Scadbury

Another in the occasional series on historical sites  on the “London Loop” (London Outer Orbital Path)  walk …

Scadbury

Scadbury was first recorded in 1254 as Scadhebir, from the old English scathe and burh, meaning “fortification used by robbers or thieves”.

P1070861.JPG

P1160490.JPG

P1070867.JPG

A moated manor-house was built here in timber by the wealthy de Scathebury family in the mid-thirteenth century.   It was rebuilt in brick by the equally wealthy and even-better connected Walsingham family, who also built the nearby church of St Nicholas  in the fifteenth, c. 1424.  The Walsingham family continued to live here  until the seventeenth century.  One member, Sir  Thomas, entertained Elizabeth I here in the late sixteenth.  The house was eventually substantially demolished by the by-then owners of the manorial estate, the Townshend family, in the eighteenth century.   Well-preserved footings and a few standing structures still survive, as does the surrounding moat.  The site may be viewed remotely from a vantage point at the end of a long approach-path leading to and from the St Paul’s Cray Road.  It is occasionally opened  to the public by the  Orpington and District Archaeological Society.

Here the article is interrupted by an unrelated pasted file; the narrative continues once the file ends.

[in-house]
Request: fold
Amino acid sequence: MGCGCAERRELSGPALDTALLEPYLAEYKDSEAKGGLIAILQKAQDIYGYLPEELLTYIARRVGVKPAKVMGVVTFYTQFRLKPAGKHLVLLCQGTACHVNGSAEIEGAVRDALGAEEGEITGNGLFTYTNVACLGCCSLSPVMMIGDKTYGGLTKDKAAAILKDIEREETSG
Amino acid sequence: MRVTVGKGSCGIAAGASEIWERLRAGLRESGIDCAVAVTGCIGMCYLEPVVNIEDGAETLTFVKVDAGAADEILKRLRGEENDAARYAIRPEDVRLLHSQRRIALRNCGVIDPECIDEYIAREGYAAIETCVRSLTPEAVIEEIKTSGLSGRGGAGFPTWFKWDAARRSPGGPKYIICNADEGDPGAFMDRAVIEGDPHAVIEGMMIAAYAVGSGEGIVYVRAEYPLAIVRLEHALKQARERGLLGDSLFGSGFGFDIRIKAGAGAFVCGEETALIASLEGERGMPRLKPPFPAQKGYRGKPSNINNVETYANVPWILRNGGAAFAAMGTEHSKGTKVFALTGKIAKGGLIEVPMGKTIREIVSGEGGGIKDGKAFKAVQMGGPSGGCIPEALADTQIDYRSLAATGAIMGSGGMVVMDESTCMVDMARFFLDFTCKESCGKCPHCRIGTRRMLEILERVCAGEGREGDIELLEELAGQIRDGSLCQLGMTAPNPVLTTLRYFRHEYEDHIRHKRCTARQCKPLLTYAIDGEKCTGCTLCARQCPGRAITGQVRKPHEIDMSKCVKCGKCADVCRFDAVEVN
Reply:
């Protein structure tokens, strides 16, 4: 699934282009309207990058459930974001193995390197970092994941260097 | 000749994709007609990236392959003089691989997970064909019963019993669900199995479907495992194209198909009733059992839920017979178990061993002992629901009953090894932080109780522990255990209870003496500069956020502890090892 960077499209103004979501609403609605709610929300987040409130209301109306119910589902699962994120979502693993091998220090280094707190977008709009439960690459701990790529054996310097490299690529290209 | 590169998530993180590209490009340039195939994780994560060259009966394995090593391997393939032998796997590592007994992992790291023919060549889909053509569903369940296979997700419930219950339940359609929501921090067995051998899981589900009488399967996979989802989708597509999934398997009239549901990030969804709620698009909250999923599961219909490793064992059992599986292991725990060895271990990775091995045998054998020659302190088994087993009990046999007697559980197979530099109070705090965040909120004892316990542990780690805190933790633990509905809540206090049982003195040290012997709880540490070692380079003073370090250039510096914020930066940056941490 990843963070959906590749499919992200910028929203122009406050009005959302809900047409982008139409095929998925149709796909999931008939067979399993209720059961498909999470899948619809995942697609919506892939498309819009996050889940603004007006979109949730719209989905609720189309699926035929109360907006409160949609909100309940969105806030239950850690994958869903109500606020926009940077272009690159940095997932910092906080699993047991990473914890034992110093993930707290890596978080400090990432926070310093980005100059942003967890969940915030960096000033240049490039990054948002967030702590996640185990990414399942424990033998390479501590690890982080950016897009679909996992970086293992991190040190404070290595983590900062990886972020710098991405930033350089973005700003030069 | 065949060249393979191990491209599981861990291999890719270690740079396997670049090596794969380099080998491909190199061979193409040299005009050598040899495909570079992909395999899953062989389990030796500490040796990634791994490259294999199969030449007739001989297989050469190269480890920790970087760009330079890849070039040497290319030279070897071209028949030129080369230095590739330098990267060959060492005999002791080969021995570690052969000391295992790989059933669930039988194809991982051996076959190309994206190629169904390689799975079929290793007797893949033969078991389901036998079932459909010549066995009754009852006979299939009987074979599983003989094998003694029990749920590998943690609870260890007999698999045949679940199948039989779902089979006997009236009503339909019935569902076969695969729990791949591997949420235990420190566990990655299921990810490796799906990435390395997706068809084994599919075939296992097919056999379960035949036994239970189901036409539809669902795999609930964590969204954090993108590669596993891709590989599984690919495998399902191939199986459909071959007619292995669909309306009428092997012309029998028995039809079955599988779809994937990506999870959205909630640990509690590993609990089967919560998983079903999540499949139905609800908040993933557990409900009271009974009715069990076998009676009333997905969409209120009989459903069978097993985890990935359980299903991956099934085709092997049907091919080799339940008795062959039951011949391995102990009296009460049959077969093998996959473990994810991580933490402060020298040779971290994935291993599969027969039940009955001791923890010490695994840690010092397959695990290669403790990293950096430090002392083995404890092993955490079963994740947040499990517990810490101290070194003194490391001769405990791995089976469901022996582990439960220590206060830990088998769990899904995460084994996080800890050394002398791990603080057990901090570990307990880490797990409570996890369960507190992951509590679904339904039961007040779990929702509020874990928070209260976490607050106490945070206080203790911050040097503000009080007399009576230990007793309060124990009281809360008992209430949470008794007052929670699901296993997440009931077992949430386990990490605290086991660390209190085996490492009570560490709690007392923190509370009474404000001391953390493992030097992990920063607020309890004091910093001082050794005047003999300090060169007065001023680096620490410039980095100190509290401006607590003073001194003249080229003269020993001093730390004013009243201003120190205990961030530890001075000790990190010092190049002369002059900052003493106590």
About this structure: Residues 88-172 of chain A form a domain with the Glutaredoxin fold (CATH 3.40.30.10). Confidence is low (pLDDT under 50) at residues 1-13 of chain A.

Leave a Reply

Fill in your details below or click an icon to log in:

WordPress.com Logo

You are commenting using your WordPress.com account. Log Out /  Change )

Google photo

You are commenting using your Google account. Log Out /  Change )

Twitter picture

You are commenting using your Twitter account. Log Out /  Change )

Facebook photo

You are commenting using your Facebook account. Log Out /  Change )

Connecting to %s